The chairman of the FCC is a former Verizon lawyer. And Save the internet want him to have control over ISPs and so over the internet?

More generally, the people who know most about how the internet works are people involved in maintaining or using it on a large scale, i.e. – ISPs or companies that use lots of bandwidth like Netflix. So whoever is in charge will favour one side or the other, or he’ll be an idiot who knows nothing. None of those options are good. The government should have no control over internet service provision.

The Trump administration is doing everything in its power to clamp down on dissent. If we lose Net Neutrality, it will have succeeded.

The Trump administration is so evil that “Save the internet” want them to control the internet.


These arguments for net neutrality are stupid. Net neutrality itself sounds like people trying to get a free lunch by getting the government to steal other people’s lunch money.

UPDATE I read Elliot’s comment and looked into whether broadband provision is monopolised. In many places there are only one or two choices for broadband provision. I haven’t been able to find a lot of material on why this happens. I suspect the truth is unflattering for both sides in the net neutrality debate since neither side is explaining what’s happening. Some of the problems may be due to bad local government policies that make it expensive to lay a new network.

About conjecturesandrefutations
My name is Alan Forrester. I am interested in science and philosophy: especially David Deutsch, Ayn Rand, Karl Popper and William Godwin.

4 Responses to Net neutrality

  1. > What is the standard by which the cable companies’ prices are too high? The customers of those companies pay those prices, so they prefer the service they get more to keeping the money they give up for that service.

    You’re making false free market assumptions. US cable companies are government monopolies and duopolies. E.g. Comcast is my ONLY choice, there’s no competition, so yes the prices are too high and the service too shitty (and the customer service some of the worst there is) b/c it’s NOT free market pricing, service, etc.

    Comcast is so bad they threatened to terminate my service for a year unless I used less data. There was no option to pay them more money for the data. Their data cap policies have changed many times, and whatever it lands on, you’re stuck with because they have NO COMPETITION. (thankfully i discovered i could pay around 75% more money for less bandwidth and get a small business plan without a bandwidth cap, but there was literally no solution on a residential plan and no other company to go to instead. and the small business plan required paying for a new “installation” even though i already had cable from Comcast, i can’t just switch back and forth online, it’s separate.)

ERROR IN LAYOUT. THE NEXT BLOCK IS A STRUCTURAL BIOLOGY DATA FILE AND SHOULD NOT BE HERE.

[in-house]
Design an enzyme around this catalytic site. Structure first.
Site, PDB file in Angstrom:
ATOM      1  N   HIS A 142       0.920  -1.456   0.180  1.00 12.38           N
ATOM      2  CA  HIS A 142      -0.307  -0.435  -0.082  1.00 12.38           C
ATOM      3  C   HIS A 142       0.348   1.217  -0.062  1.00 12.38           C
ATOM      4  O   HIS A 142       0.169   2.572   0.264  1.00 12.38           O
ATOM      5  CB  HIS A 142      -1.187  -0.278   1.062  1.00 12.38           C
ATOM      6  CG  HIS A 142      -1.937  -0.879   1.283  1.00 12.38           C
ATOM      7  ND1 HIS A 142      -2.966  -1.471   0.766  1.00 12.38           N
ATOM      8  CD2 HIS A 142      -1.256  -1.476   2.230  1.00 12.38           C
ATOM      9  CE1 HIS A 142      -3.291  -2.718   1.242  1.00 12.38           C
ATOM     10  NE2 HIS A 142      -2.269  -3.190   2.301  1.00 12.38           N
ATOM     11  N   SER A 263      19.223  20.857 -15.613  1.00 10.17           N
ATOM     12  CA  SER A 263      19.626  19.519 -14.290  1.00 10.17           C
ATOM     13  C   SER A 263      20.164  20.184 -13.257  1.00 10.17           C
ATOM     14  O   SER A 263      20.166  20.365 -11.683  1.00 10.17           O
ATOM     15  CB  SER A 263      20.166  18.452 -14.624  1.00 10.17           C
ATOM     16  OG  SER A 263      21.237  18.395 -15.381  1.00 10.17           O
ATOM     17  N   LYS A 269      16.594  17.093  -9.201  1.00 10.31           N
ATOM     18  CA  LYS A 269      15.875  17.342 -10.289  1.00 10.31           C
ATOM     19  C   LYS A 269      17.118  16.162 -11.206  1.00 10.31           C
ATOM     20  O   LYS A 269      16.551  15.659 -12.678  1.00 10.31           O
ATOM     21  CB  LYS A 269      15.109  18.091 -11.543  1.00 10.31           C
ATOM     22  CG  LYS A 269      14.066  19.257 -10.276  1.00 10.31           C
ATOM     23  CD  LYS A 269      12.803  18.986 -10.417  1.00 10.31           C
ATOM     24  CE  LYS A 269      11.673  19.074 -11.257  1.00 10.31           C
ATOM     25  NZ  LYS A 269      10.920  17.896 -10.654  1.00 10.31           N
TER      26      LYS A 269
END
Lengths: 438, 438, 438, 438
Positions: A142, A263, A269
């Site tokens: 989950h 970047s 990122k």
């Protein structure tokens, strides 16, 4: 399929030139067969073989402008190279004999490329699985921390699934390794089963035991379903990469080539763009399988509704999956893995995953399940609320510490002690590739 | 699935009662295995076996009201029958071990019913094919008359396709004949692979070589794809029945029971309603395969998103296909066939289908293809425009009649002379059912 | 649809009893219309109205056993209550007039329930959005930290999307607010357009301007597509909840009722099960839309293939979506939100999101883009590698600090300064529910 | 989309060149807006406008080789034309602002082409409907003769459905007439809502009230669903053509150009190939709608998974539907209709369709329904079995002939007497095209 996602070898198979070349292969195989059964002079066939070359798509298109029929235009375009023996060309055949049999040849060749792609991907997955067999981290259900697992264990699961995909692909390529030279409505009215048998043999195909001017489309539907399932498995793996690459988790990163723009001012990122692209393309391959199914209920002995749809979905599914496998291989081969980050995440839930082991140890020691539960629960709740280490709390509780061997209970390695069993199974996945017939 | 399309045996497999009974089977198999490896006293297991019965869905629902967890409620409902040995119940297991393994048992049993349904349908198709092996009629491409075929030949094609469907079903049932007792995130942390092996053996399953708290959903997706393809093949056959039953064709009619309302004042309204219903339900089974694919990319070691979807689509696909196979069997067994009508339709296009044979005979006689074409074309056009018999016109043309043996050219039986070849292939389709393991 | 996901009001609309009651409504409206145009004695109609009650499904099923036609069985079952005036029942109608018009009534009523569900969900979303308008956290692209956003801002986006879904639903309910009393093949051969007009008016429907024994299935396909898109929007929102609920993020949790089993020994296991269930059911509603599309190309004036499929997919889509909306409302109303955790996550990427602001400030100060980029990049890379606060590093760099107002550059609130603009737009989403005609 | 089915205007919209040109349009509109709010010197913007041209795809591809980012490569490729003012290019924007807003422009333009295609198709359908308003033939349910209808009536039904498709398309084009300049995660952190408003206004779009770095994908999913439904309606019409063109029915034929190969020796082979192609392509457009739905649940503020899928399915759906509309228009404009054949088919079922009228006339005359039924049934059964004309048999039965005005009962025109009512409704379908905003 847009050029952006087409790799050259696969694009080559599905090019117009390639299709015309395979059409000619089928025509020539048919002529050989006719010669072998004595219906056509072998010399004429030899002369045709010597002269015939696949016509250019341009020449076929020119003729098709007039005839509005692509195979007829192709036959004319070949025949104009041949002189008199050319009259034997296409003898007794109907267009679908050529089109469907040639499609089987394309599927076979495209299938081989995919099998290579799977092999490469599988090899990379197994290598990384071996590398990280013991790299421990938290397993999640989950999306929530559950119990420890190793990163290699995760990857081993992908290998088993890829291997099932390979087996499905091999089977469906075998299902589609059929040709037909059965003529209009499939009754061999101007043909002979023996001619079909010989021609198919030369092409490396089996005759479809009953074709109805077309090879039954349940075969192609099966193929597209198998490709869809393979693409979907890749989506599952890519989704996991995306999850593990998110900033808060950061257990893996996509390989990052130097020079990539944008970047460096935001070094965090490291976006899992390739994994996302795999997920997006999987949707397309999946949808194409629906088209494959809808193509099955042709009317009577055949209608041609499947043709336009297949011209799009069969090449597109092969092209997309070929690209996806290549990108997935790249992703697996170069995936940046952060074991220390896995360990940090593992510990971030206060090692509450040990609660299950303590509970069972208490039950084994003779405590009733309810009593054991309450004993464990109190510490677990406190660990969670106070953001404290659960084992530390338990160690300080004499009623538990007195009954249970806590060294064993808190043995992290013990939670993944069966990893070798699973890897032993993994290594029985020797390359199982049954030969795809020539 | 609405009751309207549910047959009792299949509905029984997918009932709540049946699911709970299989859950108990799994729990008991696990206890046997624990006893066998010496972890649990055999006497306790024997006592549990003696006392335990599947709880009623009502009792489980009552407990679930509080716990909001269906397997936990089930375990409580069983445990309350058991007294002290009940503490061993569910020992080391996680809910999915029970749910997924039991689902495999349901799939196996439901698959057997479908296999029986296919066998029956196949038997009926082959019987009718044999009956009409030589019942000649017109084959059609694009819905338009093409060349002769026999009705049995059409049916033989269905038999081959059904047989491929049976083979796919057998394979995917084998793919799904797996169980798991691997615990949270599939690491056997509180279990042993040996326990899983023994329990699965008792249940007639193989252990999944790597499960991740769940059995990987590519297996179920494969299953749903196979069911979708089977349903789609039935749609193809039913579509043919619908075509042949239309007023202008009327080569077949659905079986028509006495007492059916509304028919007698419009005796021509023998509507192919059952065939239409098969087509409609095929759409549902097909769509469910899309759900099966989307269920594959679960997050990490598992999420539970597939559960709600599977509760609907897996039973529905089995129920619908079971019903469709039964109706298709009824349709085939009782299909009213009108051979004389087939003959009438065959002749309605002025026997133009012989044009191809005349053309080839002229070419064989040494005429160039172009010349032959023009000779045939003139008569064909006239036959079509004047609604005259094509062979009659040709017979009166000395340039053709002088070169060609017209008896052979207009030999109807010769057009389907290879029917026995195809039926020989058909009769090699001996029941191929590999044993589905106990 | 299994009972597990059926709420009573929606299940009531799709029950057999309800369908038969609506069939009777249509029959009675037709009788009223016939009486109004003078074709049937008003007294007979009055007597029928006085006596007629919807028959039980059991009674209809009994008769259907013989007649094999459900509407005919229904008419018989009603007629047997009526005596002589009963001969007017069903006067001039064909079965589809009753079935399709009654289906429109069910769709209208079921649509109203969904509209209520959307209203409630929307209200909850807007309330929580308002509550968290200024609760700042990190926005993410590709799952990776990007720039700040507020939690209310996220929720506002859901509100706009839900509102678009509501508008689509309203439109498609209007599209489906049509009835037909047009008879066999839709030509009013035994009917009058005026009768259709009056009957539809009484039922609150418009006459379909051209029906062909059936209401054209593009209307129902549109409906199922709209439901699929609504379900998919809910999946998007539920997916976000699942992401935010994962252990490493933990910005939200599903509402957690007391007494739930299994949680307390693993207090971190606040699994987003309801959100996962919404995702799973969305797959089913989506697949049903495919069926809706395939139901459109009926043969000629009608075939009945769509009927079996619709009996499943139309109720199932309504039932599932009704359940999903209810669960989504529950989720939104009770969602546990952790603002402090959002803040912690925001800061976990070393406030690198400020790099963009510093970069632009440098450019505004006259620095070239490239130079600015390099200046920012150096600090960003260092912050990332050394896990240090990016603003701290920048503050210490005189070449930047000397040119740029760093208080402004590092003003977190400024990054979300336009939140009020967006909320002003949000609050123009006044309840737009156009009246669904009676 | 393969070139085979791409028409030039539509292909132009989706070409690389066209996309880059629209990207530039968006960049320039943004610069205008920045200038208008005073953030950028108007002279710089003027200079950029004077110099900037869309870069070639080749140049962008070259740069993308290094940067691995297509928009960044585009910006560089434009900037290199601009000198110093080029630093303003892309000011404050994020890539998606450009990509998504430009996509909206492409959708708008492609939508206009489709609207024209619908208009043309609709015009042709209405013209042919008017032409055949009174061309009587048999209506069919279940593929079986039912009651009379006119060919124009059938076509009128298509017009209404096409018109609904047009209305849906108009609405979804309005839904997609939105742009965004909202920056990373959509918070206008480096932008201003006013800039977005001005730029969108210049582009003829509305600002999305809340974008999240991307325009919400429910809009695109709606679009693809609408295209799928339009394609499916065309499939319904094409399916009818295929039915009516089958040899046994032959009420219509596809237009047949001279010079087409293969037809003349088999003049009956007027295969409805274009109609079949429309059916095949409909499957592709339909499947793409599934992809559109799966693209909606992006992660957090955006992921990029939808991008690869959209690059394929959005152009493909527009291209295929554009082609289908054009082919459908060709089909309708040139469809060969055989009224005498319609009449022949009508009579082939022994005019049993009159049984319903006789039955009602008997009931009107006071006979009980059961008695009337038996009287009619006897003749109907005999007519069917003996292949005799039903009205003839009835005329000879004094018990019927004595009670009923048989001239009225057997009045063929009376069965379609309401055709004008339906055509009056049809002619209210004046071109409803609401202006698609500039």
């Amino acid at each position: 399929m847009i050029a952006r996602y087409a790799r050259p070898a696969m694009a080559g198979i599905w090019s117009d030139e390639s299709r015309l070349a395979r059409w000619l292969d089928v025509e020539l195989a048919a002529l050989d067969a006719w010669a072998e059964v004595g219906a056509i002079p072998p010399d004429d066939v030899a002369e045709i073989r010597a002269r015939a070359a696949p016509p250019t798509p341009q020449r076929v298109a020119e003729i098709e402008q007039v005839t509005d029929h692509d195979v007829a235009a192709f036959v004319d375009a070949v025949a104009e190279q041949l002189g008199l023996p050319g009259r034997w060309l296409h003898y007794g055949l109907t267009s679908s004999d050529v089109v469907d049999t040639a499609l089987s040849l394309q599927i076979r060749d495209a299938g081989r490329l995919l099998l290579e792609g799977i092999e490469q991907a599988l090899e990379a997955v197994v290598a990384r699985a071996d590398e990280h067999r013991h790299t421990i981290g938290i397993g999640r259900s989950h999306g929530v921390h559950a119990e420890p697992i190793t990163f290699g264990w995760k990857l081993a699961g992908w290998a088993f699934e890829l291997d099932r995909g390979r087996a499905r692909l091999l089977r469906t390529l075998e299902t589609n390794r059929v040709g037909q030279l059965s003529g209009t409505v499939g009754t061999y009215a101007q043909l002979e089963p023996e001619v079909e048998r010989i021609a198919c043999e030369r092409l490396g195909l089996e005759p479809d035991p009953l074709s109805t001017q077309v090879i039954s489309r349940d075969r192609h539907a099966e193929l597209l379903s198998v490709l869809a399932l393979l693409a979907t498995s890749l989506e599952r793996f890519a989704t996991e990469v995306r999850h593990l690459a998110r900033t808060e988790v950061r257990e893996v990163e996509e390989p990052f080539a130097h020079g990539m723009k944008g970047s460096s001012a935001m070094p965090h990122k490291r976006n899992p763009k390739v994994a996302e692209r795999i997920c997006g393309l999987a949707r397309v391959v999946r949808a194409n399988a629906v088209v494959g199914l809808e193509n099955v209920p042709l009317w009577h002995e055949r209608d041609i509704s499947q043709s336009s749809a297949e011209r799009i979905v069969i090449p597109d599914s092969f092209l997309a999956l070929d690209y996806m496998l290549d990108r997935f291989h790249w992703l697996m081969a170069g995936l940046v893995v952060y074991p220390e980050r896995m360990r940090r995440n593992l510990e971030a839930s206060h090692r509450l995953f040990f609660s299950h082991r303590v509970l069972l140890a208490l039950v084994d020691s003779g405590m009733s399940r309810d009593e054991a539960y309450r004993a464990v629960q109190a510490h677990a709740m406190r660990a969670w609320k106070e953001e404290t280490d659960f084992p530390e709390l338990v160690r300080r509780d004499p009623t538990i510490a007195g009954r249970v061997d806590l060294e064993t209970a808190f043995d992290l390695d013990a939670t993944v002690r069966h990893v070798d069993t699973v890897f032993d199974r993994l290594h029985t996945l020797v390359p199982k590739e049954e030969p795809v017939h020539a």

Examples of comcast customer service (which was mocked on South Park, btw) are: the internet doesn’t work well, they send out a guy who fails to fix it and then charges me $100 for wasting their time (or, another time, fixes the problem then charges me $100 anyway). You’re only supposed to be charged if the problem is your fault… Then the guy on the phone harasses me for 30min to try to get me to pay the charge – but he can’t actually tell me any clear policy or any reason why the problem was my fault. Then he offers a 50% discount. Then he swears that, next time, I’ll have to pay (still with no reason why i’m responsible and no meaningful explanation of a policy). They’ve repeatedly billed me for stuff they had no right to bill me for, then been a huge hassle on the phone about it. They also don’t have tech support who understand what things like “ping” are – they only talk about internet “speed” as judged by bandwidth tests, but it’s awful trying to get help with packet loss, intermittent high ping, or generally any intermittent issue at all.

    The free market isn’t like this. Some companies like Staples do have shitty customer service – so I buy from Amazon and Walmart instead.

  2. > I haven’t been able to find a lot of material on why this happens.

    In the US this has been caused by government in many cases. Yeah both standard sides of this debate suck.